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Using Technology to Enhance Learning
07.10.14 |

As director of LVC’s Center for Excellence in Teaching and Learning (CETL) and Educational Technology, Megan Potteiger spends much of her time investigating the most innovative classroom technologies available. She then shows College faculty how to use these technologies to enhance the ways they share ideas with students and to perform stronger assessment and outcome measurements.

“Our students are coming in already having been exposed to a wide variety of technology. Our challenge is to find the best ways to reach students and have them learn, not just information on the surface, but deeply,” Potteiger says. “We look for ways to use technology to create learning experiences for students that go above and beyond what you traditionally think of—not just in presenting information, but even mapping out concepts better or interacting with people that they’ve never had a chance to interact with.”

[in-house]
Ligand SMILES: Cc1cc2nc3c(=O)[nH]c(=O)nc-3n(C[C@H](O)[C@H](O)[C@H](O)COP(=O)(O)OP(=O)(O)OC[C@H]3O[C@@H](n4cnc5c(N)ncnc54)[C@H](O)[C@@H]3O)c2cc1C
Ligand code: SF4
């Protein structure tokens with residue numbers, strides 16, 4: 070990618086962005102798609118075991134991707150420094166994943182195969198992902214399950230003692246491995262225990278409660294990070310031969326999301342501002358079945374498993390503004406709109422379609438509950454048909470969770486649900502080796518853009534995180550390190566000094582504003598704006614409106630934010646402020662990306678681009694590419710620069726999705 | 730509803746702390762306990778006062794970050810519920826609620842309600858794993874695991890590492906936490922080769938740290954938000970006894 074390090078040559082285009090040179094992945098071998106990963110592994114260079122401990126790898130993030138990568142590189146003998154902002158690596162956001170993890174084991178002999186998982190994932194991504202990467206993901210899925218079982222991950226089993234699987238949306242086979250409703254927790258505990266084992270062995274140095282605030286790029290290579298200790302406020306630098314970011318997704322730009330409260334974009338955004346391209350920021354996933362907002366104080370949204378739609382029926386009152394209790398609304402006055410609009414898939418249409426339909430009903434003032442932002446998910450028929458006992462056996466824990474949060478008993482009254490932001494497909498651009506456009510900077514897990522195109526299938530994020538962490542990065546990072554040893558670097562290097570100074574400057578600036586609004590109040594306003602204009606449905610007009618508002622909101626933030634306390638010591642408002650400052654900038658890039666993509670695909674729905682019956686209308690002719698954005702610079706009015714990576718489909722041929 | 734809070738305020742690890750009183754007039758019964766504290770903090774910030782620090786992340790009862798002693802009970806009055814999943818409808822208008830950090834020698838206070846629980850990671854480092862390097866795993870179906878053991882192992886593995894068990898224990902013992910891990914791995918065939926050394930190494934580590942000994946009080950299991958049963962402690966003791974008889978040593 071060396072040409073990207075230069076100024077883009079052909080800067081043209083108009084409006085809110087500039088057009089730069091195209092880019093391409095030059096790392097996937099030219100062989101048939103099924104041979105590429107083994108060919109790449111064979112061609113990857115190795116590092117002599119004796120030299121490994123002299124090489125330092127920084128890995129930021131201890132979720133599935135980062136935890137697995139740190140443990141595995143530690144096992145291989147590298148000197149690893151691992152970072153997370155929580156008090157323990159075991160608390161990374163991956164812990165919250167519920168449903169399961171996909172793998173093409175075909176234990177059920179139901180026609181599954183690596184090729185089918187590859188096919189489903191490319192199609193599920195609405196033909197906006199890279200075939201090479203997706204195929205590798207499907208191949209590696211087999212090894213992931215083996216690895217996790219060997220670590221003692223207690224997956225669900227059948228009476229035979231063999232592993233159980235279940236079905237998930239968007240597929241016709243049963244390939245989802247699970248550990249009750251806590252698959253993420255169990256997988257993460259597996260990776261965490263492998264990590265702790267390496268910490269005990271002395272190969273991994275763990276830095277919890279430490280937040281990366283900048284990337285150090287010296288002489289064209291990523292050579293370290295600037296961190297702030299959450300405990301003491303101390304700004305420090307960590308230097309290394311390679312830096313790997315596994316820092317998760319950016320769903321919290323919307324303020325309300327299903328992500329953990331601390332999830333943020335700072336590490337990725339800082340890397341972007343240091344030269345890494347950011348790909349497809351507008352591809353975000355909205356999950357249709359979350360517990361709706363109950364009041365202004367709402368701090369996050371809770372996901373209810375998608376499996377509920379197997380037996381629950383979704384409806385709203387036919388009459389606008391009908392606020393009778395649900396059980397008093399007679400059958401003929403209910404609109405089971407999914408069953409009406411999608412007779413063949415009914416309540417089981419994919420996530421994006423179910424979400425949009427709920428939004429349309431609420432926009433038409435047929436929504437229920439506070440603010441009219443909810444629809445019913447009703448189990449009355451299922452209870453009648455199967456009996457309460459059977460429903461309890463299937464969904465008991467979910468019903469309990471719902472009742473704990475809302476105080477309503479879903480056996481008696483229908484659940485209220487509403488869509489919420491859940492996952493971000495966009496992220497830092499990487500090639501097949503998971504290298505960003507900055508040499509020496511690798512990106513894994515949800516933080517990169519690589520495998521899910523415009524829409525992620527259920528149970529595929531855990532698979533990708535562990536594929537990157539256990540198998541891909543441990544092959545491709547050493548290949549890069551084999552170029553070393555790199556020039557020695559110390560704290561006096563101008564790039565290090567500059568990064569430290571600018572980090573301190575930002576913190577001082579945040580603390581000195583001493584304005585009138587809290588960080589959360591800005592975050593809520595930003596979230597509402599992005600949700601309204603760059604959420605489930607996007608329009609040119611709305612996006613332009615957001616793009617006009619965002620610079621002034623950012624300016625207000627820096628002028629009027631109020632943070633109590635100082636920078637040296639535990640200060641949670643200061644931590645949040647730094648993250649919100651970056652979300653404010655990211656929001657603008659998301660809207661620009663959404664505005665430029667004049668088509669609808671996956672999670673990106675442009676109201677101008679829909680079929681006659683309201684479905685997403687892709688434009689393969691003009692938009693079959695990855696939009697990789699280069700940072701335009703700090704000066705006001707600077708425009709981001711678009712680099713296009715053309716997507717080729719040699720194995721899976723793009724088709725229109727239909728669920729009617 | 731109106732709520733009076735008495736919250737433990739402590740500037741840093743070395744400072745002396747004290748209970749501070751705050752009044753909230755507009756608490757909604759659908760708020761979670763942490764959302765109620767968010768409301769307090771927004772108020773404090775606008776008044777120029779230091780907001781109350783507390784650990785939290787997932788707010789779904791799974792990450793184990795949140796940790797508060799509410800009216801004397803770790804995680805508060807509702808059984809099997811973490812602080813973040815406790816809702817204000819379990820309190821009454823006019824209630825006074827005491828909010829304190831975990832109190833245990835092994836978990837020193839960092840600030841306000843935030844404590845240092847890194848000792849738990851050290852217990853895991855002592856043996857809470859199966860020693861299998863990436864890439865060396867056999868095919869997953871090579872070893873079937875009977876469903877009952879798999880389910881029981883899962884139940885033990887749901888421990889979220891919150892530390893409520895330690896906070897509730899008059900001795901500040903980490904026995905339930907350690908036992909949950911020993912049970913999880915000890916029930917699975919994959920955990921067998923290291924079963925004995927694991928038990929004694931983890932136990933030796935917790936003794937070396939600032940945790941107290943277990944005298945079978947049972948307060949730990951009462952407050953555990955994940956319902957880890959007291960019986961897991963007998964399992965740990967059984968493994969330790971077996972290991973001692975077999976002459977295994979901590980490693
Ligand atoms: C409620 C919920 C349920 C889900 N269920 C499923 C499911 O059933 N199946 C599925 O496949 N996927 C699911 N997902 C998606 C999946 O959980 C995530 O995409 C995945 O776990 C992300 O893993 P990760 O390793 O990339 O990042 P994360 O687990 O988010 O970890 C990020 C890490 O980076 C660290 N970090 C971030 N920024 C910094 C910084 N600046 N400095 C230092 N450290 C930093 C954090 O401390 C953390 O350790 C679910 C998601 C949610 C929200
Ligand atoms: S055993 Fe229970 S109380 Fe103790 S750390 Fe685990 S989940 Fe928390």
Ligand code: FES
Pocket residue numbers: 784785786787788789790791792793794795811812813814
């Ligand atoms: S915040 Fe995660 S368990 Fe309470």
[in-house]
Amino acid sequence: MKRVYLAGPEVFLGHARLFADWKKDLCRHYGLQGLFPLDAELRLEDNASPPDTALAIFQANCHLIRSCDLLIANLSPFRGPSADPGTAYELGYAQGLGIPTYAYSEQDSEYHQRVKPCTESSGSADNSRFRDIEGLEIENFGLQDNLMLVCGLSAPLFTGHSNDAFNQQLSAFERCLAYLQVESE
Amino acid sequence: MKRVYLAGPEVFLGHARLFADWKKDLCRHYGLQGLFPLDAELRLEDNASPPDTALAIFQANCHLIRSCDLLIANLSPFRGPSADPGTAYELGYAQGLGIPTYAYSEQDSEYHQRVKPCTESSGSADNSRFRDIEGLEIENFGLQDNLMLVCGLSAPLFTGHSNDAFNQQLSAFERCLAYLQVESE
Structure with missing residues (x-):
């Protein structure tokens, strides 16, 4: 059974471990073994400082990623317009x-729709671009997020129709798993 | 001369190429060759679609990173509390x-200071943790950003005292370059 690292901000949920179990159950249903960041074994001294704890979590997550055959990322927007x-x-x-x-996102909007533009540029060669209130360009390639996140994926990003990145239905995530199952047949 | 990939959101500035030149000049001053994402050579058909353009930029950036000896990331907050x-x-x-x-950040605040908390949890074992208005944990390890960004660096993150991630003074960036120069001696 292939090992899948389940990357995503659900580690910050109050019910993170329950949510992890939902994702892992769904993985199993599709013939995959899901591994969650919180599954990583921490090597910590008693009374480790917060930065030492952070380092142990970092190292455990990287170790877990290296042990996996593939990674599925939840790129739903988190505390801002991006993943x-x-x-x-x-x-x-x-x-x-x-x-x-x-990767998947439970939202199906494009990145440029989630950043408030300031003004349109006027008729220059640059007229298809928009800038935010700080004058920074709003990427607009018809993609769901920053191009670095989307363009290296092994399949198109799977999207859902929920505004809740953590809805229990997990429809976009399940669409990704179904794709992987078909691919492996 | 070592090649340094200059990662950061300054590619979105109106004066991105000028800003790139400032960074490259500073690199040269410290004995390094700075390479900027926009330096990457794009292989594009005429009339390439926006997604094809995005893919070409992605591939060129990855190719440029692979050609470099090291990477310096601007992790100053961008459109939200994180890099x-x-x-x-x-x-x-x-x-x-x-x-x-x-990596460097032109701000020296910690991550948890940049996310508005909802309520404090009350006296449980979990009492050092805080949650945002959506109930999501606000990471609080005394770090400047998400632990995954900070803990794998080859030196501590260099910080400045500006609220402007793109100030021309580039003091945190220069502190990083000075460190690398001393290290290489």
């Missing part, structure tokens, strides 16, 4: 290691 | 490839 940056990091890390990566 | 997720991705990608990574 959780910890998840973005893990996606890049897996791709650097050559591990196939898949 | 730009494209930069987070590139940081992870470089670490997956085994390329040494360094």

Potteiger, who graduated Phi Beta Kappa with a bachelor’s degree in chemistry from The College of William and Mary, spans the faculty-administrator nexus by virtue of her experiences at the University of Pennsylvania, where she earned a master’s degree in organic chemistry. At Penn, she was the Center for Teaching and Learning Senior Graduate Fellow for Teaching Excellence and won the Penn Prize for Excellence in Teaching. Potteiger is also teaching a chemistry course at LVC. She has quickly adapted many of these skills to her role with CETL.

CETL programming, which includes monthly workshops, informal discussion groups, and longer-term learning communities, doesn’t focus exclusively on technology in education. Still, Potteiger says, most discussions about enhancing the classroom experience tend to include technological innovation. For this reason, she has become a kind of ambassador between LVC’s Office of Information Technology and the faculty. “Part of what I do is help to inform IT about what the faculty needs are, and then inform the faculty about what our IT capabilities are,” she says. “It works out really well that we can have this conversation about what the faculty want, and IT can investigate the technological aspects, and I can interpret that for the faculty. There really is a lot available out there on the tech side, and we want to make sure that we can provide the best support for the faculty—and therefore to the students.”

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